The International Olympic Committee banned the Russian Federation from the upcoming Winter Olympics on Tuesday but left the door open for individual Russian athletes to compete.
Russian athletes, however, would be able to take part in the Games, the IOC said, as independent competitors "under the Olympic flag". The Russian flag will not fly and its anthem will not play during the opening, closing and medal ceremonies.
Following the ruling, Russia's former Minister of Sport, Vitaly Mutko, and his then deputy minister, Yuri Nagornykh, have been banned from participating in all future Olympic Games despite their strong denial of the doping allegations.
In addition, the IOC suspended the membership of Russian Olympic Committee President Alexander Zhukov.
More on this as it develops.
A broad investigation is being led by the Inquiry Commission chaired by Samuel Schmid, a former President of Switzerland.
The commission said that evidence in the McLaren report showed "failure to respect the WADA Code within the various entities under the responsibility of the Russian Ministry of Sport".
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Rodchenkov's testimony, bolstered by two other Russian whistleblowers, has been supported by a series of investigations by the World Anti-Doping Agency since late 2015.
The IOC executive board made a decision to suspend the ROC with immediate effect. The commission relied heavily on the testimony of former Moscow laboratory director Grigory Rodchenkov.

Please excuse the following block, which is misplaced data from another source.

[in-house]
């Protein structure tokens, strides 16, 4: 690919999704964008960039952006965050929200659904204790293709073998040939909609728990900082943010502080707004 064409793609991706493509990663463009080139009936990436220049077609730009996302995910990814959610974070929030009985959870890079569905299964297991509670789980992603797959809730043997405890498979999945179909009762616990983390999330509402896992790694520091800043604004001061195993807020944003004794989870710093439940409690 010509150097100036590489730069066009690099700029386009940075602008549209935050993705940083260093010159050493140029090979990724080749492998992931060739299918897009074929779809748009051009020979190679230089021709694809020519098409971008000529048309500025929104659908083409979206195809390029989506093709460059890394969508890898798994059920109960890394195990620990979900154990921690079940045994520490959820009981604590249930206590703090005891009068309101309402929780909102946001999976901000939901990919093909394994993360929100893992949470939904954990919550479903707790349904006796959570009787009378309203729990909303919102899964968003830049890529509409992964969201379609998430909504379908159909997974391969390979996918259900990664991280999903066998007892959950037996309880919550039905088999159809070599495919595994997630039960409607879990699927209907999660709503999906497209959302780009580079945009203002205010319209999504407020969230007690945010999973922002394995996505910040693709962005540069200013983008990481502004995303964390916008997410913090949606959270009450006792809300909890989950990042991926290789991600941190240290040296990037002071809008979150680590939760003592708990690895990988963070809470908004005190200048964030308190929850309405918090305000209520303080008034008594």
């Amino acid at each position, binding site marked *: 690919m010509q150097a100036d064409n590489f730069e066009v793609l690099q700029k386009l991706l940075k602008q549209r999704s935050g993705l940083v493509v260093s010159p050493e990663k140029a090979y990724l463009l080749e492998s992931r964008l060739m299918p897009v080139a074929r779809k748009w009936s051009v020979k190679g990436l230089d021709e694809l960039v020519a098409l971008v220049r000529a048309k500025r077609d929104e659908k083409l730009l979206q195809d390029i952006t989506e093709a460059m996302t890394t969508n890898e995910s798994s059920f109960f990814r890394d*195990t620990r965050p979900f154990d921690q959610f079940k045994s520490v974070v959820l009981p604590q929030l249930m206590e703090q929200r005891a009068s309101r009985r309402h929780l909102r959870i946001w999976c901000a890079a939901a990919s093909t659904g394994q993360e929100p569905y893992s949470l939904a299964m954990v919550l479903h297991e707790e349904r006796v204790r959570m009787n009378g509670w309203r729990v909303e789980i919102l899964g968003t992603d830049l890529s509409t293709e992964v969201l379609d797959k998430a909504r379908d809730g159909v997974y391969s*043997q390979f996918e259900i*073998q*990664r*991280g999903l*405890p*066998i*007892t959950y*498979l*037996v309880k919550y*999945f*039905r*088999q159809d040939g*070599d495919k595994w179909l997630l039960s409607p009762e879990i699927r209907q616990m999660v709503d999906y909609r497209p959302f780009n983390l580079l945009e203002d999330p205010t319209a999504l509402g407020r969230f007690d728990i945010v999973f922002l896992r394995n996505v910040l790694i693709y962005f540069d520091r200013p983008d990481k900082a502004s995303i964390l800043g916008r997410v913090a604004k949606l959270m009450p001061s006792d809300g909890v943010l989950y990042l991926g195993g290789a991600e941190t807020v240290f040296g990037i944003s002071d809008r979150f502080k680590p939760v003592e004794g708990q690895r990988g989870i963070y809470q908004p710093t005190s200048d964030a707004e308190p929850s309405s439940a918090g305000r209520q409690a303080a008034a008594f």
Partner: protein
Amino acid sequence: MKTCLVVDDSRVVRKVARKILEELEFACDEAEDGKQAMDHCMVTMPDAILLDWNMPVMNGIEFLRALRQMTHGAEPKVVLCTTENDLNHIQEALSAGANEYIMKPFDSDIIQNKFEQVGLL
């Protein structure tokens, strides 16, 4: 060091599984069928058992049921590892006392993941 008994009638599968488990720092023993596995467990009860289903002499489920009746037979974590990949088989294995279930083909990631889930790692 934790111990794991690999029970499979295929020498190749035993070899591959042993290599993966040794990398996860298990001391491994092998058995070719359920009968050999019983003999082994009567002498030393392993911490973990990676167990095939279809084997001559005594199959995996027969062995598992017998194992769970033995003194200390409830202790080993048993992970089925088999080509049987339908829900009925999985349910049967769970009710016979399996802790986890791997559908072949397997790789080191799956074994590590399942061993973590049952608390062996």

Rodchenkov, who was the subject of the Netflix documentary "Icarus" earlier this year, is living somewhere in the United States under the protection of federal authorities.
The decision was announced after top International Olympic Committee officials had met privately with Alexander Zhukov, the president of Russia's Olympic Committee; Vitaly Smirnov, Russia's former sports minister who was previous year appointed by Putin to lead a national anti-doping commission to redeem Russia's standing in global sports; and Evgenia Medvedeva, a two-time world skating champion. One Russian was cleared. It found that Russian officials had tampered with and even swapped urine samples, corrupting the testing. MORE ON THE IOC'S DECISIONAs for athletes, those who considered "clean" will qualify.
Meanwhile, Russian coaches and athletes were vehemently condemning the decision and discussing how it could be appealed. "The IOC [executive board], after following due process, has issued proportional sanctions for this systemic manipulation while protecting the clean athletes", IOC President Thomas Bach said.
Any sanctions imposed by the International Olympic Committee can also be challenged at CAS, and later at Switzerland's supreme court, which can intervene if legal process has been abused.